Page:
La Gruta Cave
This small cave in the center of Isla Colon doubles as a sanctuary.
This entry is a stub
There are very few navigable roads on the islands of Bocas del Toro province, Panama. If one is adventurous enough to skip the bus tours, water taxis, or cab rides, an excellent option is to rent a motor scooter or ATV to explore the beaches and bluffs. Just off the main road that takes you through the center of Isla Colon, the largest of the islands, there is a cave called la Gruta.
La Gruta is considered a religious site for many people on the island. While many caves have tour guides, gift shops, and lights, la Gruta has no such amenities. A simple box at the entrance requests a dollar on the honor system for entry, and that’s it.
Once you have made it past the entrance, you will discover an outdoor church that is still used by locals. Directly to the right of the pulpit, you will find a small statue of Nuestra Señora de la Gruta sitting outside the entrance to the cave. Entering the caves takes you into water that is roughly ankle deep. Further inside, the water easily comes up to your chest. There is minimal light at that point, and a headlamp is highly necessary, especially considering the fact that some of the local caiman (the small ones) like to bathe in the dark waters.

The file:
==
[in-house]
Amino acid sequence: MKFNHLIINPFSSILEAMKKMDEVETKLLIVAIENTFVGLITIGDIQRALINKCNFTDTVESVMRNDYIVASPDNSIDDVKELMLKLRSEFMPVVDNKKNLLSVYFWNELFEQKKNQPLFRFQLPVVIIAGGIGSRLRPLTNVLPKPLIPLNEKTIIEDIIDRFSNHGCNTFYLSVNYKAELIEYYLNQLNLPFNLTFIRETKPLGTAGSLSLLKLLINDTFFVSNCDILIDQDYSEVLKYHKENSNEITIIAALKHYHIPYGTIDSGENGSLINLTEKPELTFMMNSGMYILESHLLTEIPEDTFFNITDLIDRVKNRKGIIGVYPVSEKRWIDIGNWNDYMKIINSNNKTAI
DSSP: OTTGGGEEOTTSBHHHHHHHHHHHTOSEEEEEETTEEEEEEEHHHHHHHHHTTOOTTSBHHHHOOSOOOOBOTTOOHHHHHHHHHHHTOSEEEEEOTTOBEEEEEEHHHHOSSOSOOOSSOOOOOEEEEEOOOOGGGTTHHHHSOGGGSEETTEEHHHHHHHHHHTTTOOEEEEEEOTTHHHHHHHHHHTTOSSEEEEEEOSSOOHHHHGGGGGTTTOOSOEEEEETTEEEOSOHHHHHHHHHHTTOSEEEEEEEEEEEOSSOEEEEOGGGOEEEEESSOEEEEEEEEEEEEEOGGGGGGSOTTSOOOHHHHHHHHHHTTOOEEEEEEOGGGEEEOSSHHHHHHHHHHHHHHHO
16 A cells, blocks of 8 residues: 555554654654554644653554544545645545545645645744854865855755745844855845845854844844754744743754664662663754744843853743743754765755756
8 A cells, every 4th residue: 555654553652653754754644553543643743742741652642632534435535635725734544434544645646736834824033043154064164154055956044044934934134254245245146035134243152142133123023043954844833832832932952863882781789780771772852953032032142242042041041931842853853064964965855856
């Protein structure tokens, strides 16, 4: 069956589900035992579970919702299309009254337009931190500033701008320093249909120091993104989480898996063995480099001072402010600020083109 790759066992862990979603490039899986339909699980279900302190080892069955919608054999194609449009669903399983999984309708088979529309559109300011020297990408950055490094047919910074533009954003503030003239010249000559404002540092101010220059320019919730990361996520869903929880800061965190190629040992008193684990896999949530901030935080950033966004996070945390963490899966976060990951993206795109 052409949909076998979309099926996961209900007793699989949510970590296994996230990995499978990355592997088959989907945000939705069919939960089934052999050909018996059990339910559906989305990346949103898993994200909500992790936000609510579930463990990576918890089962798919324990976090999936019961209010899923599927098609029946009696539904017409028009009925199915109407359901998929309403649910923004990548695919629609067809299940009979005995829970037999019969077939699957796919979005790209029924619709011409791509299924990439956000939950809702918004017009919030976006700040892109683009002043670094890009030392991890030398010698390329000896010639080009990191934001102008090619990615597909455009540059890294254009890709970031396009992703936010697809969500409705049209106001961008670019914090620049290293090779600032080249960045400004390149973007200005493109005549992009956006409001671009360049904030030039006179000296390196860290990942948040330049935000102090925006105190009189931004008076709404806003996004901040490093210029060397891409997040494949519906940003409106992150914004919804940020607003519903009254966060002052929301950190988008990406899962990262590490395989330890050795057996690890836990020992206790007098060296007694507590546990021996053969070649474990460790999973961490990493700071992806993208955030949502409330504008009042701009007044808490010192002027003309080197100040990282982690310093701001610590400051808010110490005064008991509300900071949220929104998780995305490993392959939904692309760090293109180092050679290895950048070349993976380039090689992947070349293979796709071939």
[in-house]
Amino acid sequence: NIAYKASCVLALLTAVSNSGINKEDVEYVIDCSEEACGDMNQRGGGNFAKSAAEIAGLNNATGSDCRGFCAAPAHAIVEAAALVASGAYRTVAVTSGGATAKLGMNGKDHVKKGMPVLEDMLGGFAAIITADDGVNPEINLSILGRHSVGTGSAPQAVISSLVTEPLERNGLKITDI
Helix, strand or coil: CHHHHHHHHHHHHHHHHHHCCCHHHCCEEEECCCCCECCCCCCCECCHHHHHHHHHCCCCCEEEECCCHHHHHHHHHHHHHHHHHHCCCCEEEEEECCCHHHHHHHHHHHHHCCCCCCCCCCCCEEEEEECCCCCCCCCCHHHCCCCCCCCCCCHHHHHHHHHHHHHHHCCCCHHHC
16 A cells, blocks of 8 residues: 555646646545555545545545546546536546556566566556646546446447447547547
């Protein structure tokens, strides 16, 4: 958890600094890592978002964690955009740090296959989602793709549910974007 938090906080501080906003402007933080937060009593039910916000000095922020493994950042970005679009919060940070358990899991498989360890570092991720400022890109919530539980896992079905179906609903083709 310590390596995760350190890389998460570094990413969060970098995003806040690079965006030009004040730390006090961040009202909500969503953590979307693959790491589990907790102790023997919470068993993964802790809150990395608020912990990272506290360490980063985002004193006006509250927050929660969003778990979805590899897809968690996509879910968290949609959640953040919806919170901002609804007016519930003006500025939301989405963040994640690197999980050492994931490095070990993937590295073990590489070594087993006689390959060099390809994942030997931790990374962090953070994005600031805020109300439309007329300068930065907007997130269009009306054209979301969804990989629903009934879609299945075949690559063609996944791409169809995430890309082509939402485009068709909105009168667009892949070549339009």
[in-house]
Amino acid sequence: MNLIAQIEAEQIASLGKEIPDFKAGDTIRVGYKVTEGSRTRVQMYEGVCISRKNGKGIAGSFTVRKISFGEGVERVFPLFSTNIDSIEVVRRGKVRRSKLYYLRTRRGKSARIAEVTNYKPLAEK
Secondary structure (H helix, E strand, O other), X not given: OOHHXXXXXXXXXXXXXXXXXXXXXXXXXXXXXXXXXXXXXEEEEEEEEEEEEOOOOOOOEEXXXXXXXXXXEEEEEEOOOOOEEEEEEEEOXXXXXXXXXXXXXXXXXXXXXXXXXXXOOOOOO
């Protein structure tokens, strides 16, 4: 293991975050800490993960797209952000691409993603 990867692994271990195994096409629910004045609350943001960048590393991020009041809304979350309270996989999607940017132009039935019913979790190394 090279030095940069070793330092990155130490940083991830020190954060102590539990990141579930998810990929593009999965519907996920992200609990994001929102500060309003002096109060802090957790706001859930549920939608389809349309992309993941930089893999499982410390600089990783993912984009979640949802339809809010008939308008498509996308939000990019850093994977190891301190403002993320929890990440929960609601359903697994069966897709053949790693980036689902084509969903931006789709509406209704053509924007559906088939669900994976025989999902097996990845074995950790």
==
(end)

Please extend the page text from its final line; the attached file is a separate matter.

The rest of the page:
Right next door to la Gruta there is an intentional community. If you are lucky enough to bump into any of the inhabitants, they are lovely people and have coco butter or dried coconut chips for sale (try the pina colada variety!). If they are not busy tending to their farm, they might even give you a tour of the caves, although they are quick to let you know that it is not their land, as the caves belong to the local church.
Follow us on Twitter to get the latest on the world's hidden wonders.
Like us on Facebook to get the latest on the world's hidden wonders.Follow us on Twitter Like us on Facebook